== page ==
Knock, knock…no this isn’t the prelude to a corny joke, it is the beginning of an encounter with God in prayer. At times we knock on the door of heaven, seeking an audience with God the Father. We want to know God. We want to enter into his Divine Presence. Jesus has invited us who seek a greater knowledge and relationship with God to knock on the door and it will be opened to you. “For everyone who asks, receives; and the one who seeks, finds; and to the one who knocks, the door will be opened.” (Luke 11,10) God the Father wants to be known. He delights in revealing his love for his children. God dwells in the cloud of eternal mystery that lies just beyond that door. God is waiting for us to come to him. He doesn’t force himself upon us and he won’t overwhelm us with his presence. What we can know about God always lies just beyond the door to his eternal abode. If we think that we already know God and that we don’t need to seek him in prayer, then we are mistaken. What we think we know can only be an idol, for God does not conform to any of our limited images of him. To know God we must seek him, ask him to reveal himself to us and persistently knock at he door of his divine heart.
At times we come to God at the invitation of his offer of fellowship with him. At other times he comes to us and knocks on the door of our hearts. He doesn’t want us to remain alone in the empty darkness of our solitude. He knows that our hearts were created with a desire for him and that we will be, as St. Augustine tells us, restless until we rest in his presence. Jesus tells the church, “Behold, I stand at the door and knock. If anyone hears my voice and opens the door, then I will enter his house and dine with him, and he with me.” (Rev 3,20f) God respects our freedom and he waits at the door of our hearts for us to invite him in. When we hear his voice calling to us in his Eternal Word, Jesus waits for us to open our hearts to him so that we may sit at table with him and be fed on the sustenance of his Word and his True Presence in the Eucharist. He will not force himself upon us but will wait patiently for us to open our lives to the eternal gifts of grace that he has to share with us. Only in him will our souls find rest and peace.
Knock, knock. The disciples of Jesus watched him as he prayed. Prayer was not something new to them as they had grown up reciting the psalms and prayers that were a part of their liturgy of worship in the synagogue and in the temple. The prayer of Jesus was something more. It was a prayer of intimate communion. Jesus did not just recite the traditional prayers of praise and worship but he entered deeply into the presence of the Father. Jesus opened his heart and his entire interior being to the Father and he sought the Father’s being and guidance in everything that he did. When Jesus prayed he said, “Father, I thank you for hearing me. I know that you always hear me; but because of the crowd here I have said this, that they may believe that you sent me” (Jn 11,41f) Jesus always prayed believing that the Father would hear him. The disciples wanted to experience the power of that way of praying and so they asked Jesus, “Lord, teach us to pray.” (Lk 11,1)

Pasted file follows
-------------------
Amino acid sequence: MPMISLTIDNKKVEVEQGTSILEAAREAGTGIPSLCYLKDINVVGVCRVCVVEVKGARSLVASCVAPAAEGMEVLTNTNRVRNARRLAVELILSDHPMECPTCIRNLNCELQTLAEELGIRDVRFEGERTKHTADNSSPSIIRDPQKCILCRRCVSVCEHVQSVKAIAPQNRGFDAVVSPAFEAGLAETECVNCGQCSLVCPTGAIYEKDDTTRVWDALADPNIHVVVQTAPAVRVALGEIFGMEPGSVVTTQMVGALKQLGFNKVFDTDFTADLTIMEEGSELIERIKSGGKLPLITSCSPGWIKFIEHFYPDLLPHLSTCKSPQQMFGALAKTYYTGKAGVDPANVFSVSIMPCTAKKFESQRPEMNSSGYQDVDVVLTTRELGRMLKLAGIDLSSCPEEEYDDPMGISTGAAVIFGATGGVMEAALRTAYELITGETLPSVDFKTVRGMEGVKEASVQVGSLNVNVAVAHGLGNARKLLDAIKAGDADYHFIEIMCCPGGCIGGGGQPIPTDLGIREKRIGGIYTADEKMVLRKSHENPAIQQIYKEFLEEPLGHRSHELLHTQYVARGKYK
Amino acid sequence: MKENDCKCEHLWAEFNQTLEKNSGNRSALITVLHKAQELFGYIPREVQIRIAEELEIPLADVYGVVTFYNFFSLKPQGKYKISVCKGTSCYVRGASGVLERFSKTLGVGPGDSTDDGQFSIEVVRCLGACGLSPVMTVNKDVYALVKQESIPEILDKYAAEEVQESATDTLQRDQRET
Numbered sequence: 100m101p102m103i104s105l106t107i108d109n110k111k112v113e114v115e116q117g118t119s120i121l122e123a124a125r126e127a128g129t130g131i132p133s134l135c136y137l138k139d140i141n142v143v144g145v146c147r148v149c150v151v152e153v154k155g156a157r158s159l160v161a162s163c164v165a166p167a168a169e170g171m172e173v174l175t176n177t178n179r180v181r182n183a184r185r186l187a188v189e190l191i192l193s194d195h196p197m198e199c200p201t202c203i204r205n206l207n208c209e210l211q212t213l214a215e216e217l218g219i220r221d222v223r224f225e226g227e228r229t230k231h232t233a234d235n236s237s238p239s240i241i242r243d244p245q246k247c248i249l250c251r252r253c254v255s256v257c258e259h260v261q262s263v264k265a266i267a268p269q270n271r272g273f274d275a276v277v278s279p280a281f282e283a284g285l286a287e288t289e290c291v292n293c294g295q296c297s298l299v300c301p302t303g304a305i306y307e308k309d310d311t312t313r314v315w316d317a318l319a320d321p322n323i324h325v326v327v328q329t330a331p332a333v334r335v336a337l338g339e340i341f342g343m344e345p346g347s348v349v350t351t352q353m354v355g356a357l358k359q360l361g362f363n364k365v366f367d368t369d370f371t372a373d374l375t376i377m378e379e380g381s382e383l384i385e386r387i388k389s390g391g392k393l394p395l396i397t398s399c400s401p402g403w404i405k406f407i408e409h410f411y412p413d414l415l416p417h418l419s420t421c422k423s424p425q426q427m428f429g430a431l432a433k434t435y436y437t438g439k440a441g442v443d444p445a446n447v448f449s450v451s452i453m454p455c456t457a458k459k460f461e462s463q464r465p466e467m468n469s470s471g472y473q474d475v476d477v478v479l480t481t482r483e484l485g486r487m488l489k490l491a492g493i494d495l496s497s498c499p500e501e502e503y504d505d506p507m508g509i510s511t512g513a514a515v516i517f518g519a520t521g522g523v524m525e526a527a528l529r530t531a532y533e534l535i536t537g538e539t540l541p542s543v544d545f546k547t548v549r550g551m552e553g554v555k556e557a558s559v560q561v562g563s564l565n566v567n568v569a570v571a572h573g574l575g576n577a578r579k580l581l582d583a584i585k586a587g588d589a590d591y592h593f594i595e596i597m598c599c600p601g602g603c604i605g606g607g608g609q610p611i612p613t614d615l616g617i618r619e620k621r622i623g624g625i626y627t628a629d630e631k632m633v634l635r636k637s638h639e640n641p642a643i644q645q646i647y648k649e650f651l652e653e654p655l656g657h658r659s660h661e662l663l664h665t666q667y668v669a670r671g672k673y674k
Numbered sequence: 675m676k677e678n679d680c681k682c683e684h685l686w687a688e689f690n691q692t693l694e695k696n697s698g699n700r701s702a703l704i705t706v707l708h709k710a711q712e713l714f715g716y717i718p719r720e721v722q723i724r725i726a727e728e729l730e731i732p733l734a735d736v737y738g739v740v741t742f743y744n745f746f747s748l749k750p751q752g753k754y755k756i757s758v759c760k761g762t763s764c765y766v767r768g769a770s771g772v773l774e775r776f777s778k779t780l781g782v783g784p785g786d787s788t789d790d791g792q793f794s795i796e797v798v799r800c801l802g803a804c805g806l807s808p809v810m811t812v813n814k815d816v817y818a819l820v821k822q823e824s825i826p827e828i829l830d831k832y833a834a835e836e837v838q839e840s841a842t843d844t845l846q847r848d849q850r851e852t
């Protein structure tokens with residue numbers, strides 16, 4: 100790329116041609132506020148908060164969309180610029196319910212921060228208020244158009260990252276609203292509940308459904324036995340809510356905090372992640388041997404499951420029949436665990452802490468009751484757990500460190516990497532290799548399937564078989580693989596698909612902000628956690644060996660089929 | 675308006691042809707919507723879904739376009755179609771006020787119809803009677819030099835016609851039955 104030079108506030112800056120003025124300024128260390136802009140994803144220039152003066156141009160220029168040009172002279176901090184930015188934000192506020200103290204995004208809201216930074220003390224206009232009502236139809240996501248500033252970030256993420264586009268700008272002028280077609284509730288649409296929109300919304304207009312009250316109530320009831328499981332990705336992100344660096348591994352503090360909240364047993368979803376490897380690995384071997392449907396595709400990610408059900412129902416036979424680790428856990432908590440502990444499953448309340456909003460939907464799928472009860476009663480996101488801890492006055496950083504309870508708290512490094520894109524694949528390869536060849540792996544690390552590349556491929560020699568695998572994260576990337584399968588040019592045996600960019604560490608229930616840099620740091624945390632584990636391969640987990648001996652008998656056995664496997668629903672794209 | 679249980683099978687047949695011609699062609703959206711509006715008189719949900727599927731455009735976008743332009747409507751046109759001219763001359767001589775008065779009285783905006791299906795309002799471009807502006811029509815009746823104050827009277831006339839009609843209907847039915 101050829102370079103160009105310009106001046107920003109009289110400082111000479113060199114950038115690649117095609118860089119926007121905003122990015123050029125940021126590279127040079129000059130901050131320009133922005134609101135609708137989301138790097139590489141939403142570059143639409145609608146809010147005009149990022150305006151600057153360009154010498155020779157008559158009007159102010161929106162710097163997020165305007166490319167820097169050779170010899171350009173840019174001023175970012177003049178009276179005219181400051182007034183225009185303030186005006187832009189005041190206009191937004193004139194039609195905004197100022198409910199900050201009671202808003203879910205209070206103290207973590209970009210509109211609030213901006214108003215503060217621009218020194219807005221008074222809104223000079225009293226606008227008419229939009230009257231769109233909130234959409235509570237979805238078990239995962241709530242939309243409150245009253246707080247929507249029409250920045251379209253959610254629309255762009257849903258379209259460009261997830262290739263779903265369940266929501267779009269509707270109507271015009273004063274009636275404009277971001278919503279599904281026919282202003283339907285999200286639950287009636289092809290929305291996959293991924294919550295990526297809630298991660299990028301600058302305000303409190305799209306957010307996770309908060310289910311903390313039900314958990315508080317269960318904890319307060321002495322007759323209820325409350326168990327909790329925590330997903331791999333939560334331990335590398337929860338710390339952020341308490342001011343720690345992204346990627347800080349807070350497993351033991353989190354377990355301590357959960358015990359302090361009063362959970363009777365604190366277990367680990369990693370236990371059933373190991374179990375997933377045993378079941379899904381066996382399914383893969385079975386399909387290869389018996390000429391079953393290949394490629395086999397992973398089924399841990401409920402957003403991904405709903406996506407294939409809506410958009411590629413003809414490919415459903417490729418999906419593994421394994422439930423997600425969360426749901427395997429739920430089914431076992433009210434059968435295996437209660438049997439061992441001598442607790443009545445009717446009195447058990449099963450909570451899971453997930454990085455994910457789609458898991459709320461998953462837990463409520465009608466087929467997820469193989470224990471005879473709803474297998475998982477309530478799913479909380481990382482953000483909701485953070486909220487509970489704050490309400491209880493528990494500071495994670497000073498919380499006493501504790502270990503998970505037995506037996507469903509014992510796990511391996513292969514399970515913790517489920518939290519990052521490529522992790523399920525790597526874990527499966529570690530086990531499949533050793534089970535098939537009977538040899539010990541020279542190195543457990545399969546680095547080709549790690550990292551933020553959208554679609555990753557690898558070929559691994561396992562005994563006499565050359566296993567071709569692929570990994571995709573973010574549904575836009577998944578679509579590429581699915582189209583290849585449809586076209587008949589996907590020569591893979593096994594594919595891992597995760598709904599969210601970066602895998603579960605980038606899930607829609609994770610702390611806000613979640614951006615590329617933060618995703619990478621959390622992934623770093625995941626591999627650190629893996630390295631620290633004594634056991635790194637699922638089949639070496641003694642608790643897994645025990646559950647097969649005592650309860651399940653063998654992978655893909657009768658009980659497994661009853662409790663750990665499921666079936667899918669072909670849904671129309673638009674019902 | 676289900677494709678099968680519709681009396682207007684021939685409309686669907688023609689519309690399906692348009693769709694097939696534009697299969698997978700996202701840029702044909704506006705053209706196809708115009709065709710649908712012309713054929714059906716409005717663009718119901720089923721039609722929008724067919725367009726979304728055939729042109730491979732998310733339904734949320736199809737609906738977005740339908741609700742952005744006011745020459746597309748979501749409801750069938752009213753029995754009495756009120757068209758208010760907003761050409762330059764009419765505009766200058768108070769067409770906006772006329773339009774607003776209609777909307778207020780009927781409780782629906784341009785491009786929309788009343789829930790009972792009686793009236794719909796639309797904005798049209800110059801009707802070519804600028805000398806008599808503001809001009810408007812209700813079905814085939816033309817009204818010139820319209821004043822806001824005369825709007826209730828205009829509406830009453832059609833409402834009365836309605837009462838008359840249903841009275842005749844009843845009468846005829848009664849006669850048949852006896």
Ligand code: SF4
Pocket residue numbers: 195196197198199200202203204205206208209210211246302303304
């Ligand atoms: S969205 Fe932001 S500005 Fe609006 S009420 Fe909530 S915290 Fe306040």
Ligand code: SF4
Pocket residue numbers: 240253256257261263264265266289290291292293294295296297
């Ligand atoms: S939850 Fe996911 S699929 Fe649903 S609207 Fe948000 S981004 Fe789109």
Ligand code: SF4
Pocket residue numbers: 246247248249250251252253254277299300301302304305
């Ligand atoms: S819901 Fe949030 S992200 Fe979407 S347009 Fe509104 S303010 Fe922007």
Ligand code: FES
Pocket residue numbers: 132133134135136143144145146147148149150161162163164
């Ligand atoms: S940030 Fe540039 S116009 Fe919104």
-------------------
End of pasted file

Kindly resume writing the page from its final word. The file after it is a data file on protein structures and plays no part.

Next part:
Jesus was happy to share his life of prayer and intimate communion with the disciples and so he gave them the beautiful prayer that we know as the “Lord’s Prayer”. His prayer began seeking a deeper knowledge of God the Father. “Father, hallowed be your name, your kingdom come.” We first come to the Lord, asking only for a deeper share in the Divine Life of the Father. We acknowledge the grace and gift of the Holy Name which is the source of our salvation. Jesus instructed the disciples to, “Seek first the kingdom of God and his righteousness, and all these things will be given you besides.” (Mt 6,33) Before we ask for the things that we need, we must first align our will with the will of God the Father. We do not come before the Lord to demand that our will be carried out but that what we ask for is in conformance to his Holy Will for us. Once we have opened the door of our hearts that lead us to his heavenly kingdom then we acknowledge the needs that we have to reach that kingdom. “Give us each day our daily bread and forgive us our sins for we ourselves forgive everyone in debt to us, and do not subject us to the final test.” (Lk 11,4) We acknowledge our dependence upon God’s gracious intervention in our lives. We pray believing that God wants to give us the gifts that we need and that “something more”. “How much more will the Father in heaven give the Holy Spirit to those who ask him.” (Lk 11,13)
Knock, knock. “Knock and the door will be opened to you.” (Lk 11,9) The door is open, enter into the rest of God.